Reorganizing the org chart of the real estate company is critical to the future. It can release hidden talent in your existing group, and create the structural conditions to attract the next generation of team-oriented, specialist ’ers. That’s not a contradiction in terms, either. Talent-based organizations improve motivation and morale, too: People don’t hesitate to do things they like to do. Smart companies make it possible for them to maximize what they can do well, and stop asking them to do things they cannot master.

Global business has been taking advantage of the specialist movement in social education and organization for decades. There’s a great opportunity awaiting real estate companies who make the shift from churning generalists to designing specialists (in managers and agents) to deliver the next generation of real estate services in the future.

  • Well said, most will agree, do what you’re good at and have others do things you’re not. At the end of the day, you’ll get more done, provide better service and ……..Surprise “MAKE MORE MONEY”.

    Like I’ve said for years, “stop trying to do it all, be it all”. Funny, how in this market, most of our clients this month have had amazing success, many closing more than 4 transactions each. Guess what, they are focused on sales, not transaction coordinating, we’ve got that covered for them.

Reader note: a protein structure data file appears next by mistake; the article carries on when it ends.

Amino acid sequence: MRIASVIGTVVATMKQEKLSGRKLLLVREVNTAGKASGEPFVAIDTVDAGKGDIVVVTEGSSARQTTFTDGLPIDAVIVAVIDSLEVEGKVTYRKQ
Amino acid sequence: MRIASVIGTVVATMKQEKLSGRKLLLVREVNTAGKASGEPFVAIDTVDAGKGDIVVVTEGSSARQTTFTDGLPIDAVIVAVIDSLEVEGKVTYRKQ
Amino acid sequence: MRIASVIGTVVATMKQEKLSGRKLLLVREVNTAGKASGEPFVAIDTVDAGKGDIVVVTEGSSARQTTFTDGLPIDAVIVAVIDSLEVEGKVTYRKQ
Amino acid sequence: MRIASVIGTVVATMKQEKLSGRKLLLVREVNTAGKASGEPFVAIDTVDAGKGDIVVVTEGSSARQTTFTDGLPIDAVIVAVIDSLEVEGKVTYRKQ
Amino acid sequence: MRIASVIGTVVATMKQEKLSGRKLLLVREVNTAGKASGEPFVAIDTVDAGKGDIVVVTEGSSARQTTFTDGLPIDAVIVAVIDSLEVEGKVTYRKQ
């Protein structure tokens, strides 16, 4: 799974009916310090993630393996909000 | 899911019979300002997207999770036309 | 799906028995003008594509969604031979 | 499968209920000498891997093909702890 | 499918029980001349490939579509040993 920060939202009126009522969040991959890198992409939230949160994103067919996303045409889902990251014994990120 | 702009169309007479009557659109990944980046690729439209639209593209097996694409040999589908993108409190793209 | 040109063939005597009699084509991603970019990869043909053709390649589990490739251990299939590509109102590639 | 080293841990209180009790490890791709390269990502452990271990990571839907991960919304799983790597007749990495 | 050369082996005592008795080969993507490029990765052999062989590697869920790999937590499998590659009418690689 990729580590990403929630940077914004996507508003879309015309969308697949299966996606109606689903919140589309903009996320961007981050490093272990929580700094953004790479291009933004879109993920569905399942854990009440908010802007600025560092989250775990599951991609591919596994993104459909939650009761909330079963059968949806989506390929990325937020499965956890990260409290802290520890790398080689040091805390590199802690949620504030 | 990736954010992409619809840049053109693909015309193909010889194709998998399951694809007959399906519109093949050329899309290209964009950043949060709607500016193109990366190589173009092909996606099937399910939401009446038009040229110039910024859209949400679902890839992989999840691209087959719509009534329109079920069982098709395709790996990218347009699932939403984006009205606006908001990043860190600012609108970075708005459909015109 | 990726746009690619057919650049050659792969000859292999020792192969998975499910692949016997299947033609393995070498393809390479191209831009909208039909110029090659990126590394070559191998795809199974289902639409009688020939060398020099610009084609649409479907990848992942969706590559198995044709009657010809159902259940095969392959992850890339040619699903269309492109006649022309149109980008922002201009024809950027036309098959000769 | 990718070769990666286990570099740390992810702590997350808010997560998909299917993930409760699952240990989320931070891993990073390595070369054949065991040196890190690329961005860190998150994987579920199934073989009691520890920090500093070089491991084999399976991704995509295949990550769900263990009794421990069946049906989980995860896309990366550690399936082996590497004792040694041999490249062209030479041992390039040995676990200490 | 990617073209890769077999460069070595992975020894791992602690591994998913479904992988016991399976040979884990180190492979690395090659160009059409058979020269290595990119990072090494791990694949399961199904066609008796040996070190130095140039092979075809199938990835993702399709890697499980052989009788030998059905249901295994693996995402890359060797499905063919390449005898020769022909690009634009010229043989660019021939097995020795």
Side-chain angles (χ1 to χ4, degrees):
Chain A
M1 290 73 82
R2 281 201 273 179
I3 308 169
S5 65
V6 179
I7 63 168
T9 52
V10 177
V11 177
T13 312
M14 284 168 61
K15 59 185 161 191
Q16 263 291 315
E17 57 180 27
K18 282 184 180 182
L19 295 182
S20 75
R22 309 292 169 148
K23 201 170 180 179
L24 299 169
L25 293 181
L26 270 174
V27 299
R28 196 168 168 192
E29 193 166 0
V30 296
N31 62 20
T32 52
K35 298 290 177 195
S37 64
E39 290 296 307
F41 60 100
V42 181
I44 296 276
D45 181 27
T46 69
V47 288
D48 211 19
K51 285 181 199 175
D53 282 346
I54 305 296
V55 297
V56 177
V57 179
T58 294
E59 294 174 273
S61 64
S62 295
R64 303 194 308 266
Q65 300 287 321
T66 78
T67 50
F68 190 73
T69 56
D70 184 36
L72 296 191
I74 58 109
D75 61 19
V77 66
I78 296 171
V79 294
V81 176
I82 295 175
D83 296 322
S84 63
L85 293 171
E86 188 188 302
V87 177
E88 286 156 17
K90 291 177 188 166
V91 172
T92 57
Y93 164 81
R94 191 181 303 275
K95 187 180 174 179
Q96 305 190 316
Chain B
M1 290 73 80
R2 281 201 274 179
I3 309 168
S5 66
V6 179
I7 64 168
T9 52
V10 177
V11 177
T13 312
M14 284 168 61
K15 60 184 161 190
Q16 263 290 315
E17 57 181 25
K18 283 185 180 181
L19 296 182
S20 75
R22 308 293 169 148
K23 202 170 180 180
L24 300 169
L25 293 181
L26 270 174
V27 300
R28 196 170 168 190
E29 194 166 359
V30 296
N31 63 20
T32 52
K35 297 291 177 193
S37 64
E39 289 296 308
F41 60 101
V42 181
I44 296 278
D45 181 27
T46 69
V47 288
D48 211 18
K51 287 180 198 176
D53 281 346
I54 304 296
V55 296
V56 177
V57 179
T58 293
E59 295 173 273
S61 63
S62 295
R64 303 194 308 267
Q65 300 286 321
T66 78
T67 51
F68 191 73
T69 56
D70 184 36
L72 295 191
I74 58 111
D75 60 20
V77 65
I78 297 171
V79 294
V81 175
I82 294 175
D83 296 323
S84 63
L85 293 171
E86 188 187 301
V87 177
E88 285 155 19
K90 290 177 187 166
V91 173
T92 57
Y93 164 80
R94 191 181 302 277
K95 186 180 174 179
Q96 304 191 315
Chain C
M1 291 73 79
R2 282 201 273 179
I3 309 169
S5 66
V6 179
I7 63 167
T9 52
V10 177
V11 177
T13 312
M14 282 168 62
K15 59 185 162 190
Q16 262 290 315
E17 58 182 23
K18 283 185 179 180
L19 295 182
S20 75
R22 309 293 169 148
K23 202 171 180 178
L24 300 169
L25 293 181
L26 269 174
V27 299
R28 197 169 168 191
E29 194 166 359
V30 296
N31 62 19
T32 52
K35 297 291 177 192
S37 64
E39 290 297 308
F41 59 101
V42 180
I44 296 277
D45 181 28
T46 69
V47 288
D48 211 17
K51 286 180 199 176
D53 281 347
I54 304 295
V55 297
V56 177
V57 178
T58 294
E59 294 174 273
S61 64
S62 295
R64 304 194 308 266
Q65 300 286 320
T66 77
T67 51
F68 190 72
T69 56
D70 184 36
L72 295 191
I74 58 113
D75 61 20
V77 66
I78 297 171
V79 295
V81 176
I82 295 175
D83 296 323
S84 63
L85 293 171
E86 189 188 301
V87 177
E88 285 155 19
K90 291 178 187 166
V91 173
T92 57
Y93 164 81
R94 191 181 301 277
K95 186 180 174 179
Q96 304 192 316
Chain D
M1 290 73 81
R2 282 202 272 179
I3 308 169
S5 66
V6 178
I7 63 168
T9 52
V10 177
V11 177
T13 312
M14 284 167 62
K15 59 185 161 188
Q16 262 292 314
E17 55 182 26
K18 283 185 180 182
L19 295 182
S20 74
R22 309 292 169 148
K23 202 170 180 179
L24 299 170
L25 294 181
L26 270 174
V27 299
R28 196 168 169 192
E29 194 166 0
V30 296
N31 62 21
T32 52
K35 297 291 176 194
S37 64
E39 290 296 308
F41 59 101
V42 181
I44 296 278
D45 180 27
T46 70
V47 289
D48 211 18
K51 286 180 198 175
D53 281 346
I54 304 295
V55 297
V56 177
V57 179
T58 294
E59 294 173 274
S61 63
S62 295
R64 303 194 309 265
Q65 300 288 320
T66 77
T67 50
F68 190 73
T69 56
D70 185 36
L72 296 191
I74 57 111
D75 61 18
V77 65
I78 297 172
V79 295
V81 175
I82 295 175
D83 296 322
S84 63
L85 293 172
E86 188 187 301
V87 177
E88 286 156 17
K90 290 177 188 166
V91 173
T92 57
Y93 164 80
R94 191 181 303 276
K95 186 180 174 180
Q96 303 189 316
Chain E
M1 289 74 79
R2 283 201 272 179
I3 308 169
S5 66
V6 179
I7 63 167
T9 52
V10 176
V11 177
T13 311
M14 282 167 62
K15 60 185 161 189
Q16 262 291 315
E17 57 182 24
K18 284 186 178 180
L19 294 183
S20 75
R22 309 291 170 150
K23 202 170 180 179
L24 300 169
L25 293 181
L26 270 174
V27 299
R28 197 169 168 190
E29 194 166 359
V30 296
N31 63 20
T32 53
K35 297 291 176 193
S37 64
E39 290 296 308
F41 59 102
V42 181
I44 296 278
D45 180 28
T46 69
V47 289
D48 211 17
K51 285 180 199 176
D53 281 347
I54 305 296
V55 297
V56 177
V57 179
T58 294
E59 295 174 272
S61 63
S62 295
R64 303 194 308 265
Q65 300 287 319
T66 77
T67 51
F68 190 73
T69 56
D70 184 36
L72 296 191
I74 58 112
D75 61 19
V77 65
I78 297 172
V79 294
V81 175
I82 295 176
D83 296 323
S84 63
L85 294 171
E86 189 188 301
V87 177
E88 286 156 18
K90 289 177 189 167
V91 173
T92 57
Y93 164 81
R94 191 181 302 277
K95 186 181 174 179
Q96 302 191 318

• Every time I’m tempted to expand my geographic area, I read something that reminds me why I shouldn’t. My team hears time and time again from our clients who find us online that they chose us based on the fact that we *are* focused on a smaller set of communities and know them in and out.

  • Deborahheffernan

    Hi Matt, You are so right. We have a team of 4 owner/managers who specialized in their core proficiencies. Our agents know whom to consult for their various needs and all of the managers love what they do.

  • Super! Glad to hear of more companies who are effectively implementing this model. It’s something more of our clients are trying every year…

  • Harris-peppe

    Super article Matt. I am going to send it onto our upper management…Thank you as always for sharing your wisdom. Hope all is well with you. Chip and i are slammed in Naples and need to come up with improved systems and streamline current systems…

    Have a GREAT day!

  • Thanks! All is well; if I can be of help improving your systems and processed, please let me know. Would be fun to work together!
    Matthew

  • Joni Albert

    Matt,
    This is so well written…and offers much thought especially as a manager trying to “do it all” in a very successful and productive office. I may read this a few more times and work with my coach on some implementations!

  • Thanks, Joni! Glad to help and if you need any ideas on implementing, let me know, as we are helping our clients in this area every day.

    Matthew